In the case of Watkins v. Ohio Bd. of Edn., 2023-Ohio-2595, an appellate court held that the board of education still had authority and jurisdiction to conduct a hearing regarding the suspension of an educator’s license and permanent enjoinment from holding a license when the board of education failed to schedule the hearing fifteen days after the educator requested a hearing through email, despite a possible violation of R.C. 119.07.
In this case, the educator argued that the educator sent an email requesting a hearing and the subsequent failure to schedule a hearing within fifteen days of the request negated the board of education’s authority from revoking the educator’s license. In response, the board of education argued that an email does not constitute certified mail, and, even if it did, failing to schedule a hearing within fifteen days of a request does not remove the board of education’s authority to revoke licenses. The appellate court agreed with the board of education.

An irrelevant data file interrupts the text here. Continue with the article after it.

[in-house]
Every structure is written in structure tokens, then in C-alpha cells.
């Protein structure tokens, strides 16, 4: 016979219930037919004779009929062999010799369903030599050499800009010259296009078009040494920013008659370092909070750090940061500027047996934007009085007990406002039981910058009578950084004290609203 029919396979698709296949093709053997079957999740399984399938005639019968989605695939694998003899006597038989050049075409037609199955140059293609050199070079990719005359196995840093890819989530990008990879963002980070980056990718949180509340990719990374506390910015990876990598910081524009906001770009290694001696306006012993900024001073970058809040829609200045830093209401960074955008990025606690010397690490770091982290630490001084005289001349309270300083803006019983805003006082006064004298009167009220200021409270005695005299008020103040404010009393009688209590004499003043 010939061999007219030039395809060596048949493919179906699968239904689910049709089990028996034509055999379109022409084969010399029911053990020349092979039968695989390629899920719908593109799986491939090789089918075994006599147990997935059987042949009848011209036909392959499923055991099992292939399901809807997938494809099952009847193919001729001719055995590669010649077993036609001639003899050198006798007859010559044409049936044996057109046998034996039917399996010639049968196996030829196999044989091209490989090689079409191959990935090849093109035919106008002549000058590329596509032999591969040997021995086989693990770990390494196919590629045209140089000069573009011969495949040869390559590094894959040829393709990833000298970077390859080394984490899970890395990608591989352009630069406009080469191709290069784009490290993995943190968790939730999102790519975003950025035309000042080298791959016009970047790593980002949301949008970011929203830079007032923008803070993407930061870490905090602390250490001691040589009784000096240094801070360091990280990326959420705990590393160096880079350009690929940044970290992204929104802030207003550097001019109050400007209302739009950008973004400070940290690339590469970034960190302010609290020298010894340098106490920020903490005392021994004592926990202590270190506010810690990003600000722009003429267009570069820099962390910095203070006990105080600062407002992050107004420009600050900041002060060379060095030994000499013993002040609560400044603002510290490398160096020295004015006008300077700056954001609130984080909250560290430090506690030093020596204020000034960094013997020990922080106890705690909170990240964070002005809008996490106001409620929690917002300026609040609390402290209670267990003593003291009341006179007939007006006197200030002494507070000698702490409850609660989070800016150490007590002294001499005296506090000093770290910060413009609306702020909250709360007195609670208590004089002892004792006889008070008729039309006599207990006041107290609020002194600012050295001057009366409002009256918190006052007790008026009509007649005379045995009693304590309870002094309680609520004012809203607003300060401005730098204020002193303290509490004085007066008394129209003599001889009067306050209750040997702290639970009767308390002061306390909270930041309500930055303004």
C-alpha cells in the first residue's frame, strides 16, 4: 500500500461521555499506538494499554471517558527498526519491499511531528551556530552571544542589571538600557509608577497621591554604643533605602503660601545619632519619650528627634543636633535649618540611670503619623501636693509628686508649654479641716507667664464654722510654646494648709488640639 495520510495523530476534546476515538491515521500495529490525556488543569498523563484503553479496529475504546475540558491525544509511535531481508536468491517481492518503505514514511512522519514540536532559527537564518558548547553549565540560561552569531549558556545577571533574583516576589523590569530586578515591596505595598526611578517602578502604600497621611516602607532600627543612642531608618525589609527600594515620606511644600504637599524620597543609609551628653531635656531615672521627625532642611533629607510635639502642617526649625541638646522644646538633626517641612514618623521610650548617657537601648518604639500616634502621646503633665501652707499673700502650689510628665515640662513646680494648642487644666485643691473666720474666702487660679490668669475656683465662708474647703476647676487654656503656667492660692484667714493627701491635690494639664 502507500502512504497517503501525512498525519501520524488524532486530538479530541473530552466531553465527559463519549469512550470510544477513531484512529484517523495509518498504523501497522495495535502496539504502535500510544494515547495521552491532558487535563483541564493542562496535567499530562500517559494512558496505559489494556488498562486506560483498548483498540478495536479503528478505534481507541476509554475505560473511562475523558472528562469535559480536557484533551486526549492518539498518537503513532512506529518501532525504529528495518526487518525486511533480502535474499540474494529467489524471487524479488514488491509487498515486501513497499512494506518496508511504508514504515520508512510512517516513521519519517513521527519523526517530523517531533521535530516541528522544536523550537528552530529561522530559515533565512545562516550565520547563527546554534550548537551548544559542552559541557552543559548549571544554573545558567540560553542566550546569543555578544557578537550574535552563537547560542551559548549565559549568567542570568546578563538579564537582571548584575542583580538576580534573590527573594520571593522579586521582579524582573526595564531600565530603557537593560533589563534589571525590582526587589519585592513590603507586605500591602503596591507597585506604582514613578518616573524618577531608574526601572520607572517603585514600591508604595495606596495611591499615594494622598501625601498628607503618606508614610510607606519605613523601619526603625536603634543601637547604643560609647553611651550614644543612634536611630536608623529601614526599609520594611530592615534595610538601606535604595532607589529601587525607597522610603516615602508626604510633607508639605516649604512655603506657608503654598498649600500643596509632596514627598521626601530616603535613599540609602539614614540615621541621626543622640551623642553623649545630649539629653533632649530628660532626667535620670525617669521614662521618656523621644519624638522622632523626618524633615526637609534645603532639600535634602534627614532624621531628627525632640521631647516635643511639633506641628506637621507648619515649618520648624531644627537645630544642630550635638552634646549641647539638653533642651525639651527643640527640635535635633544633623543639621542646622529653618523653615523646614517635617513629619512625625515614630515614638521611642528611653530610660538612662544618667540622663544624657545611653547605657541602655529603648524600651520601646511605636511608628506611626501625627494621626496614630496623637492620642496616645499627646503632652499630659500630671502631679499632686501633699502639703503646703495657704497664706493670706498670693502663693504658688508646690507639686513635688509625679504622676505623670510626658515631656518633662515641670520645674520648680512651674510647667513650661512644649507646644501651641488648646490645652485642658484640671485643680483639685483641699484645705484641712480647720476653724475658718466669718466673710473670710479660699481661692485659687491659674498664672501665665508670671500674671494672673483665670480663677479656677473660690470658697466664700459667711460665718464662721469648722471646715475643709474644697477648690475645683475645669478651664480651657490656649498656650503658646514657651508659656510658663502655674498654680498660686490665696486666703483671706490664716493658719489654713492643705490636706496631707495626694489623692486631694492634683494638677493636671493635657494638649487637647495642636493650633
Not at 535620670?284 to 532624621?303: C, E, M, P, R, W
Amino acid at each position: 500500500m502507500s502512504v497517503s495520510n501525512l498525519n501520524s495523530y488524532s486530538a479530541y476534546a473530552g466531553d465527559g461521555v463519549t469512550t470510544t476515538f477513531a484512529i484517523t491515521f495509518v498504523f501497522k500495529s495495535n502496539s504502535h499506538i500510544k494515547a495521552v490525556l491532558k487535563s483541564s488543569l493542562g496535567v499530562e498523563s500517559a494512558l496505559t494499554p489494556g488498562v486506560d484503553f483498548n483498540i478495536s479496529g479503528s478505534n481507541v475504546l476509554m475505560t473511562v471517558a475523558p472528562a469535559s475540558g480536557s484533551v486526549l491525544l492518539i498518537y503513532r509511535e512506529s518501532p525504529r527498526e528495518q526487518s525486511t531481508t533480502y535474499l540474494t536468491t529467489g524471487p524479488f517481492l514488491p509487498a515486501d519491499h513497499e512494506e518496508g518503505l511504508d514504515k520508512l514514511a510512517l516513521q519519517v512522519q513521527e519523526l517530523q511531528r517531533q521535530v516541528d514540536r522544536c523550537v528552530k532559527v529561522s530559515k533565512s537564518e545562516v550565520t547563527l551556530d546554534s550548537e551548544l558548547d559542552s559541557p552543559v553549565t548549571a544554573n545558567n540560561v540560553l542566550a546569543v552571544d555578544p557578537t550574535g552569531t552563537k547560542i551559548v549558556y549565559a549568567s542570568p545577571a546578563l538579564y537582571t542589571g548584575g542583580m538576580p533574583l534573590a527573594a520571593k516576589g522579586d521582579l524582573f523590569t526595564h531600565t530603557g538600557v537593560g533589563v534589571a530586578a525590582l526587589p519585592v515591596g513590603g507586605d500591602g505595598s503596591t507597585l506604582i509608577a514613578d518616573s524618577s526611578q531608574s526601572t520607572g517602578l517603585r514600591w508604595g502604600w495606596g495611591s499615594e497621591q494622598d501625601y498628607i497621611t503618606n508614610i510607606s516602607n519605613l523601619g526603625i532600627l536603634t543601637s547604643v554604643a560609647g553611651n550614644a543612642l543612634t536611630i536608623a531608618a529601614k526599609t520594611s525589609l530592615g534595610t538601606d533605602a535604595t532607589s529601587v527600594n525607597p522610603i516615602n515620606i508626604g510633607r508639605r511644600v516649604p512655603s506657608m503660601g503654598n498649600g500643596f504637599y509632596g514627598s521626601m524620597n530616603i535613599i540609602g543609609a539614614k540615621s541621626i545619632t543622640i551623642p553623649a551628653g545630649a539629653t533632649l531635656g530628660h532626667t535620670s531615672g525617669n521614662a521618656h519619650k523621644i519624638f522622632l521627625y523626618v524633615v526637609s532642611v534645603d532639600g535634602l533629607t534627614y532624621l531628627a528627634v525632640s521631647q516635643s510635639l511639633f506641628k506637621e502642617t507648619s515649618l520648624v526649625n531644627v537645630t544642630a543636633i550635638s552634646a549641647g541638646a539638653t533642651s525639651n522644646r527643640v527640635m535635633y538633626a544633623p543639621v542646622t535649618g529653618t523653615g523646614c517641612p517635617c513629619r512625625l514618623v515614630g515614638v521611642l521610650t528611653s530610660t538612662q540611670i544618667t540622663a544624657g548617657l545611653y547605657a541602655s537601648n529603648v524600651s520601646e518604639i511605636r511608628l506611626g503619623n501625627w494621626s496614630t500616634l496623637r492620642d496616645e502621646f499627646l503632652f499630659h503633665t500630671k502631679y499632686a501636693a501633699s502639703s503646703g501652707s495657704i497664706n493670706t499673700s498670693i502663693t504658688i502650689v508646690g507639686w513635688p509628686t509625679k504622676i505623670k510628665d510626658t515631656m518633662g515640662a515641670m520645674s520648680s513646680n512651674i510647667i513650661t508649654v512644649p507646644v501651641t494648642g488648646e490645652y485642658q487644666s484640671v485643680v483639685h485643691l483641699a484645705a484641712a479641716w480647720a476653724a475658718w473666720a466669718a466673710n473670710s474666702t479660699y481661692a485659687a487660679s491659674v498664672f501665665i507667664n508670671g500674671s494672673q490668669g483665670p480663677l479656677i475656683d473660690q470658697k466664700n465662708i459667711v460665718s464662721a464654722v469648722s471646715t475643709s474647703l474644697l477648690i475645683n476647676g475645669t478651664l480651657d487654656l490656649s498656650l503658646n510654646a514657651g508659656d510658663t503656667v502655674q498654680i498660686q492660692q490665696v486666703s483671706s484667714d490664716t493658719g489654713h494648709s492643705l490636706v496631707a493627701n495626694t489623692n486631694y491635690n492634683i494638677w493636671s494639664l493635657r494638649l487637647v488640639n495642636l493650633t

In support of its decision in favor of the board of education, the appellate court explained that R.C. 119.07 requires notice through certified mail with return receipt requested, not through email. The appellate court further explained that, even if this constituted a violation of 119.07, the error was appealable and did not automatically take away the board of education’s authority.
To read this case, click here.
Authors: Matthew John Markling and the McGown & Markling Team.
Note: This blog entry does not constitute – nor does it contain – legal advice. Legal jurisprudence is like the always-changing Midwestern weather. As a result, this single blog entry cannot substitute for consultation with a McGown & Markling attorney. If legal advice is needed with respect to a specific factual situation, please feel free to contact a McGown & Markling attorney.